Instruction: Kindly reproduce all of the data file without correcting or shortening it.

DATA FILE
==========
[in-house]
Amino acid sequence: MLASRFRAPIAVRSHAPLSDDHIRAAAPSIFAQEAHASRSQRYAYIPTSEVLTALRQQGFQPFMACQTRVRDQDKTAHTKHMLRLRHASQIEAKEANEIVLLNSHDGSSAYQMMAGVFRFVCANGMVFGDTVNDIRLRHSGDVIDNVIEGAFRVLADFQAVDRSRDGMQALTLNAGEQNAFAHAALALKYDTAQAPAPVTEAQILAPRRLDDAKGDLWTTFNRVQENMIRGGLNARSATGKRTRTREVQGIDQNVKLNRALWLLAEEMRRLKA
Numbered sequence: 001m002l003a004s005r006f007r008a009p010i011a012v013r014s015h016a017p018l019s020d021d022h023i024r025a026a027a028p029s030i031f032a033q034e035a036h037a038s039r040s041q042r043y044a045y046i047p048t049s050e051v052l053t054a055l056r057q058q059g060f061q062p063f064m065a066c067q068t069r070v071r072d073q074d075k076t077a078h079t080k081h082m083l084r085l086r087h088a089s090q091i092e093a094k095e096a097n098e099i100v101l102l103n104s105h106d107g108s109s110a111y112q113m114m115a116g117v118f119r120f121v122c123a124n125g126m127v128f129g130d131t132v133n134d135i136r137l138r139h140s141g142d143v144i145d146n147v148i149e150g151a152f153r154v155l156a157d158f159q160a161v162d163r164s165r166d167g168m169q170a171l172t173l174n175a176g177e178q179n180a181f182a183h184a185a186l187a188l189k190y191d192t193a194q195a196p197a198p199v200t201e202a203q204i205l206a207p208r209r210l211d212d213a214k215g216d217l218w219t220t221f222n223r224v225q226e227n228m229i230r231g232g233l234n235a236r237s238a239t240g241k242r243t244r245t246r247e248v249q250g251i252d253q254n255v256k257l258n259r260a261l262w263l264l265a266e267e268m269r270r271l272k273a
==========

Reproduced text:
[in-house]
Amino acid sequence: MLASRFRAPIAVRSHAPLSDDHIRAAAPSIFAQEAHASRSQRYAYIPTSEVLTALRQQGFQPFMACQTRVRDQDKTAHTKHMLRLRHASQIEAKEANEIVLLNSHDGSSAYQMMAGVFRFVCANGMVFGDTVNDIRLRHSGDVIDNVIEGAFRVLADFQAVDRSRDGMQALTLNAGEQNAFAHAALALKYDTAQAPAPVTEAQILAPRRLDDAKGDLWTTFNRVQENMIRGGLNARSATGKRTRTREVQGIDQNVKLNRALWLLAEEMRRLKA
Numbered sequence: 001m002l003a004s005r006f007r008a009p010i011a012v013r014s015h016a017p018l019s020d021d022h023i024r025a026a027a028p029s030i031f032a033q034e035a036h037a038s039r040s041q042r043y044a045y046i047p048t049s050e051v052l053t054a055l056r057q058q059g060f061q062p063f064m065a066c067q068t069r070v071r072d073q074d075k076t077a078h079t080k081h082m083l084r085l086r087h088a089s090q091i092e093a094k095e096a097n098e099i100v101l102l103n104s105h106d107g108s109s110a111y112q113m114m115a116g117v118f119r120f121v122c123a124n125g126m127v128f129g130d131t132v133n134d135i136r137l138r139h140s141g142d143v144i145d146n147v148i149e150g151a152f153r154v155l156a157d158f159q160a161v162d163r164s165r166d167g168m169q170a171l172t173l174n175a176g177e178q179n180a181f182a183h184a185a186l187a188l189k190y191d192t193a194q195a196p197a198p199v200t201e202a203q204i205l206a207p208r209r210l211d212d213a214k215g216d217l218w219t220t221f222n223r224v225q226e227n228m229i230r231g232g233l234n235a236r237s238a239t240g241k242r243t244r245t246r247e248v249q250g251i252d253q254n255v256k257l258n259r260a261l262w263l264l265a266e267e268m269r270r271l272k273a